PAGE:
There's no negotiating. They could care less if its your first or last.

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Postby alanb » Wed Jul 04, 2007 3:59 am

This thread comes up at least once a year and I still continue to say that if you want to climb this peak then you must pay. Plain and simple its entirely on private property and they have the right to charge people to access it. If you don't like it, don't climb it.
"The mountains are calling, therefore I must go."
tweaked by me but originally John Muir

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Postby jwproulx » Wed Jul 04, 2007 11:18 am

pbakwin wrote:Also, I always love those signs on City of Boulder Open Space:
"Open Space and Mountain Parks - No Public Access".


Damn the City of Boulder. They just closed my favorite route up Green Mountain.

alanb wrote:This thread comes up at least once a year and I still continue to say that if you want to climb this peak then you must pay. Plain and simple its entirely on private property and they have the right to charge people to access it. If you don't like it, don't climb it.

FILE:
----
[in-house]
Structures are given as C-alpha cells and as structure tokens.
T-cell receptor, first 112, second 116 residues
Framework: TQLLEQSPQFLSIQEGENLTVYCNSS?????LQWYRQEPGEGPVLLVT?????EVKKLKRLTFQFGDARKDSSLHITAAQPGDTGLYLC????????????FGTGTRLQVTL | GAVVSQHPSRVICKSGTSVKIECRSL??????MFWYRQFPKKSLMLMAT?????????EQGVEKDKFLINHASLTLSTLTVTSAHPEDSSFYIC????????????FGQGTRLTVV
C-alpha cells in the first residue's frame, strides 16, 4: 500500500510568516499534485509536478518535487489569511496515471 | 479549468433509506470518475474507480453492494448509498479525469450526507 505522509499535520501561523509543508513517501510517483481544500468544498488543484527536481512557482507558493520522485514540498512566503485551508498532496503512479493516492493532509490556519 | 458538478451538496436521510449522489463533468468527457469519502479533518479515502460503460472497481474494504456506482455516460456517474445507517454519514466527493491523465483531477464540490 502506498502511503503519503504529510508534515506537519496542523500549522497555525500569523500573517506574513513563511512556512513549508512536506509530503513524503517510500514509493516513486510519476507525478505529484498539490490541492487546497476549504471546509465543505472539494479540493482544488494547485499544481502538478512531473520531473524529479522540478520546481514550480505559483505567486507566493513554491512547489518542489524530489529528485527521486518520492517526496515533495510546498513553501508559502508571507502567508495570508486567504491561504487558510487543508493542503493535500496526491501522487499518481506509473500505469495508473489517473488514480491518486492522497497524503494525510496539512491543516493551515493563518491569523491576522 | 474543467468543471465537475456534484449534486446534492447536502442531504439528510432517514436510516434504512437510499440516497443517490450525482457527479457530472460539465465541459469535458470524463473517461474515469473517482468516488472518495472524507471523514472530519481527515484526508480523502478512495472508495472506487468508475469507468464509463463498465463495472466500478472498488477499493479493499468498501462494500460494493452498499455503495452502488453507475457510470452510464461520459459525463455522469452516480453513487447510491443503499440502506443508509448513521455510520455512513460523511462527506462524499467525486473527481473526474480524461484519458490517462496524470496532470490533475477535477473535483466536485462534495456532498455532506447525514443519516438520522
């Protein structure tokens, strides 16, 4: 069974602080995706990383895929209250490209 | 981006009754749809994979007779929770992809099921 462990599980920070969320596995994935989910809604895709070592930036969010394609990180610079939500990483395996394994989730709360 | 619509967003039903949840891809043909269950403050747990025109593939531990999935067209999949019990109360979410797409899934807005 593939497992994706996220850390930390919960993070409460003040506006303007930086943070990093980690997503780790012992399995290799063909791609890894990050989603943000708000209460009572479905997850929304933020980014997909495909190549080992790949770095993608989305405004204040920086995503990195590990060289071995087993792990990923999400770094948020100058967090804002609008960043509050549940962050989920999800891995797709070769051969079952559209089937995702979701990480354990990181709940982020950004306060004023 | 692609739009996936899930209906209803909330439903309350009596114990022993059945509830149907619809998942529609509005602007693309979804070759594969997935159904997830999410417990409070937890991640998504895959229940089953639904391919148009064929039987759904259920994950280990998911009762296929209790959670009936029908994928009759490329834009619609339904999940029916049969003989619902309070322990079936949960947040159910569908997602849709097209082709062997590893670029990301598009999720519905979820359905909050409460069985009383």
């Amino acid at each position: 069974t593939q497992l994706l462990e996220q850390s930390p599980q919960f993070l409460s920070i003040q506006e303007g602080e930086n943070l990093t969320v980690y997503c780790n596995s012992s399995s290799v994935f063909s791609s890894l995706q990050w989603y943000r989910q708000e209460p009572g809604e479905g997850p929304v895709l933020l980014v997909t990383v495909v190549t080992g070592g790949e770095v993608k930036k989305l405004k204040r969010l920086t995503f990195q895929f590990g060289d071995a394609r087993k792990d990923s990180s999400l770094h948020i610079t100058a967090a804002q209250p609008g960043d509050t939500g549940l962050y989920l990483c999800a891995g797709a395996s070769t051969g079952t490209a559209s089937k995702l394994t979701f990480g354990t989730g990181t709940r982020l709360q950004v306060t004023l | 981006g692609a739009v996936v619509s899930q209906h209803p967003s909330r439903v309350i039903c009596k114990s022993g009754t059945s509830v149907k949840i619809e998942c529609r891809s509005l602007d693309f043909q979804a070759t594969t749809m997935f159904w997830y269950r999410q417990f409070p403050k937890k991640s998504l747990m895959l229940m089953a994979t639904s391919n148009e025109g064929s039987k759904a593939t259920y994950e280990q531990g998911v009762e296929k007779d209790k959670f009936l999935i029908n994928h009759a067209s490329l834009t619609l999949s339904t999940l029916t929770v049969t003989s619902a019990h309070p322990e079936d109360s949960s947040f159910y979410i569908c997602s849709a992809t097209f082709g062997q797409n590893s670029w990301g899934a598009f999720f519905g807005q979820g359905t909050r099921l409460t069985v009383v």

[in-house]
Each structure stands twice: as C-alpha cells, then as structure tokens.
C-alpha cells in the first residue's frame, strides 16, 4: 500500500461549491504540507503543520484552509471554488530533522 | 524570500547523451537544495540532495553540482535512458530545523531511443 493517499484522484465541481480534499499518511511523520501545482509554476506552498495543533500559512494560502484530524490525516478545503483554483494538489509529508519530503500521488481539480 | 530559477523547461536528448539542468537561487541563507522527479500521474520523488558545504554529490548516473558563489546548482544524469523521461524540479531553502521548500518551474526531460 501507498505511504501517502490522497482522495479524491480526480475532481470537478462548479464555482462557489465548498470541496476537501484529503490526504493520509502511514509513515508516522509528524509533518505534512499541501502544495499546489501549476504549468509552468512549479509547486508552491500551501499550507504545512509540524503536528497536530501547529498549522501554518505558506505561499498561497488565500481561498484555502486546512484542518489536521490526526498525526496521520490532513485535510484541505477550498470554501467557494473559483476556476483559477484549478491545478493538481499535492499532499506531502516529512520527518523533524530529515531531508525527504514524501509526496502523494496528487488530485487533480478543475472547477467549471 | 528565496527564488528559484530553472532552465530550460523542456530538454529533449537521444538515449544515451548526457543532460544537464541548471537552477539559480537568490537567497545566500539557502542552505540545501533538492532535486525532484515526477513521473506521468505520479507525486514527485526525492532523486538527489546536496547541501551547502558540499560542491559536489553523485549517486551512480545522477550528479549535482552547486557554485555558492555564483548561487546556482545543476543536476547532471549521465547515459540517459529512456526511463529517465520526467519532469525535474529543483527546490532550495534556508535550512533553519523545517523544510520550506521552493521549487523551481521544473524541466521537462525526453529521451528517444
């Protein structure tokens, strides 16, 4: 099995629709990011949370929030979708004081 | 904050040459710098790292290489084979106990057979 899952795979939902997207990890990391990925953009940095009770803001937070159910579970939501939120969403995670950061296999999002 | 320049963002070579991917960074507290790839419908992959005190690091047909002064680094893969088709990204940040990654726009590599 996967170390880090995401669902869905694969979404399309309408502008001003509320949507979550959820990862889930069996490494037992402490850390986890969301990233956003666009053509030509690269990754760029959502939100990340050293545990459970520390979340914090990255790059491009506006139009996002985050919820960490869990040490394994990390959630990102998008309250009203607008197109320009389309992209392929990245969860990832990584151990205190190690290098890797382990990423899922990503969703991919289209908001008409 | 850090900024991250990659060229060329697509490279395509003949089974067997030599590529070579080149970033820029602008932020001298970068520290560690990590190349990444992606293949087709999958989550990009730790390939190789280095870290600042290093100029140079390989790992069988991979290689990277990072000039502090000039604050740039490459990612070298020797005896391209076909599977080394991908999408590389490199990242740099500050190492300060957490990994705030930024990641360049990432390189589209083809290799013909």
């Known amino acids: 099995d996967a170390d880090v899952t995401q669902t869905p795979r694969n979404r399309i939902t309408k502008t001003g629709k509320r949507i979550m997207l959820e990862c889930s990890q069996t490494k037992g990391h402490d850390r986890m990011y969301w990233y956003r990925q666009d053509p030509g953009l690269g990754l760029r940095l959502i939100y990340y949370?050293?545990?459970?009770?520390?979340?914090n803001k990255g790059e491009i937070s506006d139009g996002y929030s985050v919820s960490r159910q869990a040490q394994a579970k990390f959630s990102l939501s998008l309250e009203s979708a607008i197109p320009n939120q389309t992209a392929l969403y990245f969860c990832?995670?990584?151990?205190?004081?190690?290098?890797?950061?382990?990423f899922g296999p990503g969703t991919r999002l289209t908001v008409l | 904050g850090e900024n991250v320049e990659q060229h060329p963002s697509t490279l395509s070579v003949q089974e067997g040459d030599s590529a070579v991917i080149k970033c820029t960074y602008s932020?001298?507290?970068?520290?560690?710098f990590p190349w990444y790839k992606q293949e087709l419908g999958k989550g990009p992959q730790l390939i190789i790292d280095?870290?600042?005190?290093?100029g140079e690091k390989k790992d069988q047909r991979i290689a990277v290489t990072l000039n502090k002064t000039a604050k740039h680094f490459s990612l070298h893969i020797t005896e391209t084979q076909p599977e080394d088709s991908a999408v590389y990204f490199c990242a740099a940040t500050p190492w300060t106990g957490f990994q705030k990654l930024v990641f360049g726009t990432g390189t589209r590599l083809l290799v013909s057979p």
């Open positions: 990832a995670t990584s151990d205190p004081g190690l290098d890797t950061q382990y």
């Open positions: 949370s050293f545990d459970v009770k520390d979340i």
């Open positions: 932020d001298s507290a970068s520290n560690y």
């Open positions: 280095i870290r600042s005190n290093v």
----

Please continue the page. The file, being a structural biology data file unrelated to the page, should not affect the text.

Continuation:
This argument is not compelling. Why should they have this right? Who gave it to them? Suppose I owned a restaurant in Alabama in 1950. I'd have the legal right to deny access to black people. Doesn't mean I'd have the moral right to do so. While denying access to hikers is much less severe a restriction, the fact that there is a legal right to do so doesn't imply that it's legit.

Of course my argument can go to far by leading to anarchy; there is a tension in civilized society between accepting laws that you don't agree with and civil disobedience in the interest of changing them. I'd like to see an America with rambling rights like they have in much of Europe; I don't think that poaching Culebra will help effect that change -- I'm not sure anything will.